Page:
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Spring Budget 2021 - Financial Planning Considerations and Opportunities

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In a surprisingly upbeat delivery of this year’s Budget Statement, the Chancellor covered the main, most anticipated financial planning related topics in just a few brief seconds. Whilst it was widely anticipated that this would not be a budget for sweeping changes to personal thresholds, allowances and rates of tax, as the Chancellor looks to encourage the strongest possible economic “rebound” as UK restriction begin to be lifted from the end of this month, it was still a surprise to see no real changes at all.

The Lifetime allowance for pensions is to be frozen until April 2026, there are no changes to the annual allowance, money purchase annual allowance or tapered annual allowance thresholds, ISA limits are to remain at £20,000 in 2021/22, the IHT threshold is to remain unchanged until 2026 and there are no changes to pension tax relief. The fact that the ability to obtain higher rate tax relief on pension contributions and carry forward this relief over 3 previous tax years was not affected in any way was probably the biggest surprise of all. From a planning perspective the ability to fund pensions and ISAs in the year ahead (21/22) unaffected by any changes, is a real positive, though it feels likely that this may be a very limited opportunity, given the size of national debt and the need to begin to reduce it.

Having commented that there has been no real change to most allowances and thresholds, it should be noted that freezing them does have the effect of dragging more people in to being affected. Freezing the Lifetime Allowance instead of allowing it to continue to rise with the Consumer Price Index, will mean more pension savers breach the limit and more revenue is realised, the same is true of the freezing of personal tax allowances and the Higher Rate limit. It will create more tax payers and more higher rate tax payers. Though there is the option for individuals affected to make additional pension contributions to offset any additional tax, these “freezing” measures are not quite as generous as they may initially appear.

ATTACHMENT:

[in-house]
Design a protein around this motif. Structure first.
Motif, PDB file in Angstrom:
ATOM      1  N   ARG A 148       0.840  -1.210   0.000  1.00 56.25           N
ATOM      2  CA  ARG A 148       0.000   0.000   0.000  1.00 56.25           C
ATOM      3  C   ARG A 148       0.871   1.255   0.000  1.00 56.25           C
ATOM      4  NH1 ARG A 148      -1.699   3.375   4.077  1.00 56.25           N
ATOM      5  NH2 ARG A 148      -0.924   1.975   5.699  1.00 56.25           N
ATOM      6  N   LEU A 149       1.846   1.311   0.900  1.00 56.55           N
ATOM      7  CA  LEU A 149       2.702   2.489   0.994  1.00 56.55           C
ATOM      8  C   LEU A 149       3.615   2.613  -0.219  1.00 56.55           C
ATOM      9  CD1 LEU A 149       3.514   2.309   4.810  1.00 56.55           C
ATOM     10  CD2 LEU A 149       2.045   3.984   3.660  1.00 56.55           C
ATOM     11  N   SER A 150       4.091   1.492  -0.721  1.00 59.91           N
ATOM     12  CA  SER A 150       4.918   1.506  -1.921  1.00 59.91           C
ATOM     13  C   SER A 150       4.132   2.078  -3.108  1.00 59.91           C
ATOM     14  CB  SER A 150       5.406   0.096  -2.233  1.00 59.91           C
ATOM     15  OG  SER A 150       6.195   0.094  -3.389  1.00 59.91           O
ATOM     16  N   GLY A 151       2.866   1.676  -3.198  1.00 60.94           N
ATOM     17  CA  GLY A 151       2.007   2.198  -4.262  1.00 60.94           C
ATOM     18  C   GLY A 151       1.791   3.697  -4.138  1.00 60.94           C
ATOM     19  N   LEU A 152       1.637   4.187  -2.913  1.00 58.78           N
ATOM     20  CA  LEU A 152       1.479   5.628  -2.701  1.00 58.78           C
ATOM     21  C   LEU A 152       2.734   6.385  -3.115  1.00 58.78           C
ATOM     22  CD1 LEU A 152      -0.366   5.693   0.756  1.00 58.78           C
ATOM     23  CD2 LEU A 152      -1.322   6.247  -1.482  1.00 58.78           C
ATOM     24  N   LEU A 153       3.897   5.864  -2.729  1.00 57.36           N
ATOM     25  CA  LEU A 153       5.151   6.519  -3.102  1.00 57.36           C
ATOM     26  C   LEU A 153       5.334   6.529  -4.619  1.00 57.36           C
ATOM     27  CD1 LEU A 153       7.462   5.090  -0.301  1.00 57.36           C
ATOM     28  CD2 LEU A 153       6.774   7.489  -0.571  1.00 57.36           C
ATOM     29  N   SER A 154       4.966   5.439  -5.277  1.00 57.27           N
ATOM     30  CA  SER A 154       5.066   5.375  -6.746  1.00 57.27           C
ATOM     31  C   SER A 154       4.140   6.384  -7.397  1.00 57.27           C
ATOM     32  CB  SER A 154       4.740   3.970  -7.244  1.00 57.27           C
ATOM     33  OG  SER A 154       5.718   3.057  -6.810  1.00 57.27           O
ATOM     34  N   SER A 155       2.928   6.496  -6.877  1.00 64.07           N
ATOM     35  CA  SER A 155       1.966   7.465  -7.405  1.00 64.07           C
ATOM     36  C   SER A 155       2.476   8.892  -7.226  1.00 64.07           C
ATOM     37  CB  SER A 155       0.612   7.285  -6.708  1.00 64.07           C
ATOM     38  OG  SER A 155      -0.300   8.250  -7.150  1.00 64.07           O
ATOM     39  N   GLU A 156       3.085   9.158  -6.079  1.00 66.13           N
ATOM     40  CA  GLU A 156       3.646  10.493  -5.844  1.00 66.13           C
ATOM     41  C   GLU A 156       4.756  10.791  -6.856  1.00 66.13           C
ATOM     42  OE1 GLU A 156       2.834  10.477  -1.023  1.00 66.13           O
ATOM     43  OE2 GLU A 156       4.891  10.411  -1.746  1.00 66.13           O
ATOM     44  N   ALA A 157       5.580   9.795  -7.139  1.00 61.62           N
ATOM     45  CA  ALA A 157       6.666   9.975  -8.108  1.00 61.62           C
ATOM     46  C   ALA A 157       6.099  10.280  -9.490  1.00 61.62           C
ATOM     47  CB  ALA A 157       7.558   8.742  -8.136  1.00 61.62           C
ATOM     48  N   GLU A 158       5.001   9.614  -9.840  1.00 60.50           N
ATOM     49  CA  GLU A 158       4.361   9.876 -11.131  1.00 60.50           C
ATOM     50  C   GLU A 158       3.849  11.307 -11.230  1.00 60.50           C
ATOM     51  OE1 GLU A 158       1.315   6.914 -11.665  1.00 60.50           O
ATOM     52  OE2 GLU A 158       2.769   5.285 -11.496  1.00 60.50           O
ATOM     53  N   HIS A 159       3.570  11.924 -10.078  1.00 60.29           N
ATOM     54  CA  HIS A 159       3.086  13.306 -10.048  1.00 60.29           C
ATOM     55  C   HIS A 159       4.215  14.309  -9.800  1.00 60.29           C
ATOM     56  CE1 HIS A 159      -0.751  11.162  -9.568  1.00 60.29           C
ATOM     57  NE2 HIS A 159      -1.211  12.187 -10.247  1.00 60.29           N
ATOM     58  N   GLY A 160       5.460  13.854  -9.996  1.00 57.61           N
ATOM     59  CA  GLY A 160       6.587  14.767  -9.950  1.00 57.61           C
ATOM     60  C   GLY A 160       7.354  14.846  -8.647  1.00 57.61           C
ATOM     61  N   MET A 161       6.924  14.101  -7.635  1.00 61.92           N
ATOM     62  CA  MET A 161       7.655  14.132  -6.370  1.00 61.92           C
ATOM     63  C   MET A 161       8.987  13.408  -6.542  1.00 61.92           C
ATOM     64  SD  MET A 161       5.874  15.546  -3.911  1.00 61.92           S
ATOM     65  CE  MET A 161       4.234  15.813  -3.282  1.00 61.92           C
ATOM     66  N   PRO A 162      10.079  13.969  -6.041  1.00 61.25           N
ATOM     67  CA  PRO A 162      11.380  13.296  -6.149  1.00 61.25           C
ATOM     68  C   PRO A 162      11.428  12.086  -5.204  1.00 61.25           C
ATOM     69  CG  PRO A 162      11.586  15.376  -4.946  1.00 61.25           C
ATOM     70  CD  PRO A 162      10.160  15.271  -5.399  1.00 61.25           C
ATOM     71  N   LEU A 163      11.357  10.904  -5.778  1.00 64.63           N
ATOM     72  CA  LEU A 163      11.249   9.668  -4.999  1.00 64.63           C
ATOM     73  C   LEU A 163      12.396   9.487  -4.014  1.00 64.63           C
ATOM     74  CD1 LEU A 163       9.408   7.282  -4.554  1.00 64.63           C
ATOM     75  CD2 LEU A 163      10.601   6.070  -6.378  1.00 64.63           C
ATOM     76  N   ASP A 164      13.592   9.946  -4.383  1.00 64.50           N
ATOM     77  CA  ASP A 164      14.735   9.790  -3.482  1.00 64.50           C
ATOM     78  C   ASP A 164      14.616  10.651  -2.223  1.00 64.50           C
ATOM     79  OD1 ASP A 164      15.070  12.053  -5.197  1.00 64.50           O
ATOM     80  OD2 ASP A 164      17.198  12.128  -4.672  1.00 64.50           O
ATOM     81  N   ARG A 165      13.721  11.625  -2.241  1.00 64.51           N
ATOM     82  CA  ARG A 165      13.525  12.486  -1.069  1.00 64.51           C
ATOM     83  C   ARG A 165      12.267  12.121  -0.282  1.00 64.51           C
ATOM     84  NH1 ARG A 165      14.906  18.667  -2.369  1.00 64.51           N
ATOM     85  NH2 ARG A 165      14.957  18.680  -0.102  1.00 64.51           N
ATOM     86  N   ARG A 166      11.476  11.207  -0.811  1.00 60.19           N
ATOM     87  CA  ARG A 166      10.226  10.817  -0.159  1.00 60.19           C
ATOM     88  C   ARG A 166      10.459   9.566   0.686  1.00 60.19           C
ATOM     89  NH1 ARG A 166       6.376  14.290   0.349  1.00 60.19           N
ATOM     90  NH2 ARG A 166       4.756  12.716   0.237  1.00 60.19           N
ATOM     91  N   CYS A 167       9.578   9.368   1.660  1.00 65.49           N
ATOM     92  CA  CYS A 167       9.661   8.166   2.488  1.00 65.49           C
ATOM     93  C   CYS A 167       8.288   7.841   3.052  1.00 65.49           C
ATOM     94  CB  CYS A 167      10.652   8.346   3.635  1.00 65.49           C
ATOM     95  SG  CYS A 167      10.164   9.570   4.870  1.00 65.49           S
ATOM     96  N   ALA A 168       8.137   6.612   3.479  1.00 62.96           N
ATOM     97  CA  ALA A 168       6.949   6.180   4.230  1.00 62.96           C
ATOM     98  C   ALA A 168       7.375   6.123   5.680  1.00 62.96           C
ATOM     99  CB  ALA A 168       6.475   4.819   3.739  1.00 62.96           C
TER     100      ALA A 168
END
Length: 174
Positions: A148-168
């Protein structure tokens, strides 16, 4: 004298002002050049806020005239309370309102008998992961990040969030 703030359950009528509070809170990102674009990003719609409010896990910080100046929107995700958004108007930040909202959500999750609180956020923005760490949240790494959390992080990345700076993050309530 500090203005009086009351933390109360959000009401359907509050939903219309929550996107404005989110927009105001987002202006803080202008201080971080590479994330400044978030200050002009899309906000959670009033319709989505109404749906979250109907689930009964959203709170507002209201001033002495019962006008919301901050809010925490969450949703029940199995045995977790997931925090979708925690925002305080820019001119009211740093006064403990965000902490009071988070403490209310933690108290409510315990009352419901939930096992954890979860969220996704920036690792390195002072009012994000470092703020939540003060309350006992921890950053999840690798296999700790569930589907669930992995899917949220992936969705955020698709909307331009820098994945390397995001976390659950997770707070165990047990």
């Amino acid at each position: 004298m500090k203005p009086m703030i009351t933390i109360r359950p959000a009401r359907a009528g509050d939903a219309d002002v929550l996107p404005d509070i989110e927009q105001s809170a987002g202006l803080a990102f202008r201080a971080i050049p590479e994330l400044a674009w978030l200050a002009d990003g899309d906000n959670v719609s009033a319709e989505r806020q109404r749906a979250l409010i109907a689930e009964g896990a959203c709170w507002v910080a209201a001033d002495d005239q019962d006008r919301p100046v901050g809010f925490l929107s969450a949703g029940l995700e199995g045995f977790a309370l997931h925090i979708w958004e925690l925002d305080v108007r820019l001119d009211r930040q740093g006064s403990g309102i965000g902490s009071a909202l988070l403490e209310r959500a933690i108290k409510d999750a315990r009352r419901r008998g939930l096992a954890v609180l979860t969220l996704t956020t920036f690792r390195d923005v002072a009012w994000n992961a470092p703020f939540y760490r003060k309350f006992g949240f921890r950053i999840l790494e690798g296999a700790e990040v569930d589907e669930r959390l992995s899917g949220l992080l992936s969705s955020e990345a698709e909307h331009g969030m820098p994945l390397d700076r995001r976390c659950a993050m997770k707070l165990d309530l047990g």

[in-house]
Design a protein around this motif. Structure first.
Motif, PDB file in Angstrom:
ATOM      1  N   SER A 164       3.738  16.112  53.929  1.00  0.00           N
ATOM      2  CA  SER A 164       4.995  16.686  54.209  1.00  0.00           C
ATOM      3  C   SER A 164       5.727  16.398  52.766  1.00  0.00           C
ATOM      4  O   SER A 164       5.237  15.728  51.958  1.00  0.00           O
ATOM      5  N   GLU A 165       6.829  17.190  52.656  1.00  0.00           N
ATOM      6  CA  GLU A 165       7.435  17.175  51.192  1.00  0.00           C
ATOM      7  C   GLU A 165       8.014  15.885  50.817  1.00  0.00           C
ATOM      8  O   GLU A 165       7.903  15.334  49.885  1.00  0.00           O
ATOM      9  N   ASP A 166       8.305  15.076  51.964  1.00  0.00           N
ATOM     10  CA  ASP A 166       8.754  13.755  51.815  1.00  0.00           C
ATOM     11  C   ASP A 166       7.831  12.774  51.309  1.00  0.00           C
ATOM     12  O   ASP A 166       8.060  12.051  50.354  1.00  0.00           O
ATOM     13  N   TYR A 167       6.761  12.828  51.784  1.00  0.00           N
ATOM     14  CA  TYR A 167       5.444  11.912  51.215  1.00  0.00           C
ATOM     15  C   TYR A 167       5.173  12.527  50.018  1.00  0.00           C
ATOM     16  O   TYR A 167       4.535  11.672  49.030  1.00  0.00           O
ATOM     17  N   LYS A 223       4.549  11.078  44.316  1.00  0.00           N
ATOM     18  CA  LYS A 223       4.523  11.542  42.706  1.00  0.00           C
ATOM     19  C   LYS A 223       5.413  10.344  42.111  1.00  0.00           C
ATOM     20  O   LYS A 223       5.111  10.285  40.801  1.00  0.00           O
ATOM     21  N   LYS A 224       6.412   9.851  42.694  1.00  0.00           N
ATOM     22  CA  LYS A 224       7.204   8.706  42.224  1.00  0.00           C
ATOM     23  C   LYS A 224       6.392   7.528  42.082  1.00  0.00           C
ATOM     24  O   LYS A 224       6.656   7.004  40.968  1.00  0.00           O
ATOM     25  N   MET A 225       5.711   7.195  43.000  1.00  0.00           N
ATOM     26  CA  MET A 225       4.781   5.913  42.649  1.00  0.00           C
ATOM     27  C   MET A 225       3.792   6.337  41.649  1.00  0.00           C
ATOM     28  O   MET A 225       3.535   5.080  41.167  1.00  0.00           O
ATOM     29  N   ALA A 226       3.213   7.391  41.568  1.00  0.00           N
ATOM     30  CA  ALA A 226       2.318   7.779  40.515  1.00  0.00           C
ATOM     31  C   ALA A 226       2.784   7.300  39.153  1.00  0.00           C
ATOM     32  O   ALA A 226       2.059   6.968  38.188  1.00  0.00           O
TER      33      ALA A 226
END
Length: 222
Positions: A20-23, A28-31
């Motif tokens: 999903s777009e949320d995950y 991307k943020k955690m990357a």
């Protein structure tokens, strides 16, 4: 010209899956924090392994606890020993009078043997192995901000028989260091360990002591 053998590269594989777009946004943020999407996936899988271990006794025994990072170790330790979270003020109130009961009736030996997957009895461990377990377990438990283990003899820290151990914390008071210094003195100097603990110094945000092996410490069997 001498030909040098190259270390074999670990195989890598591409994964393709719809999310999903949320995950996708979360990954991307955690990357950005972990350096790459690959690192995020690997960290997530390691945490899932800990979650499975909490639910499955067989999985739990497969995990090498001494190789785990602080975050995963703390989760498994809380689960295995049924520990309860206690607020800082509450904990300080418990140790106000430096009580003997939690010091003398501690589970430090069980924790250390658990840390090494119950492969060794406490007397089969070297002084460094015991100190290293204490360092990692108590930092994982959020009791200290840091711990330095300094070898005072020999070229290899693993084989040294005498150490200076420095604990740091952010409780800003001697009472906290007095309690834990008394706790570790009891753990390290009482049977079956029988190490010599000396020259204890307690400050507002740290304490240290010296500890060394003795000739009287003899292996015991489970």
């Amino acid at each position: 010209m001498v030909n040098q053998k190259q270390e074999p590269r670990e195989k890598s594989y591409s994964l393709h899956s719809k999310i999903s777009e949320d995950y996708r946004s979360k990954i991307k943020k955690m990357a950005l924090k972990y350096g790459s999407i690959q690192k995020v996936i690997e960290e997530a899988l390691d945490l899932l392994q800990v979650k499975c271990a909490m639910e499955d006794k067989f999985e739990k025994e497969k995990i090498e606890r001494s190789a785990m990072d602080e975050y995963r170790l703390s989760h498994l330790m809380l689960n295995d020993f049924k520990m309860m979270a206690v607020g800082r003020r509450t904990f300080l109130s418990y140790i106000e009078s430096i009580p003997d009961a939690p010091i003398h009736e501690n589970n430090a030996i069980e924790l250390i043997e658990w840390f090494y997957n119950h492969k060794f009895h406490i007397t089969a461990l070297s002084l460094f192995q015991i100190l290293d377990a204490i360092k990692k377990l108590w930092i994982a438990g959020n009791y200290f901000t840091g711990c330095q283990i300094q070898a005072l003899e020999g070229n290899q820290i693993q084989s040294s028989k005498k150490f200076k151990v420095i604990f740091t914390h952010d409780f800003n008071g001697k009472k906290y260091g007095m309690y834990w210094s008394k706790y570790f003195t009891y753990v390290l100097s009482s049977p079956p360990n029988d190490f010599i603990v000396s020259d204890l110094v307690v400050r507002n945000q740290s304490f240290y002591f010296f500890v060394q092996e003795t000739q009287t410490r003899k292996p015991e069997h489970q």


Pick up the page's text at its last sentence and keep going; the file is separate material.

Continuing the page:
The new Government scheme, to back major banks offering 95% mortgages to prospective buyers with small deposits, on purchases up to a value of £600,000, will be widely welcomed, alongside the extension of the stamp duty holiday to the end of June, on purchase prices of up to £500,000 and to the end of September on purchase prices of up to £250,000. The combination of the 2 measures is likely to further fuel the housing market.

Beleaguered savers will welcome the launch of the Government’s “green savings bonds” which will offer retail investors the chance to buy into “green” projects dedicated to boosting the economy, such as renewable energy schemes. Details of rates and terms are yet to be released but the bonds will be offered through National Savings and investments. 

In summary then, from a personal financial planning perspective we still have all of the existing infrastructure available in respect of pensions, savings and Inheritance tax, the question is, how long will this remain the case?


For further information or financial planning advice, contact one of our team on 0808 144 5575 or email help@armstrongwatson.co.uk

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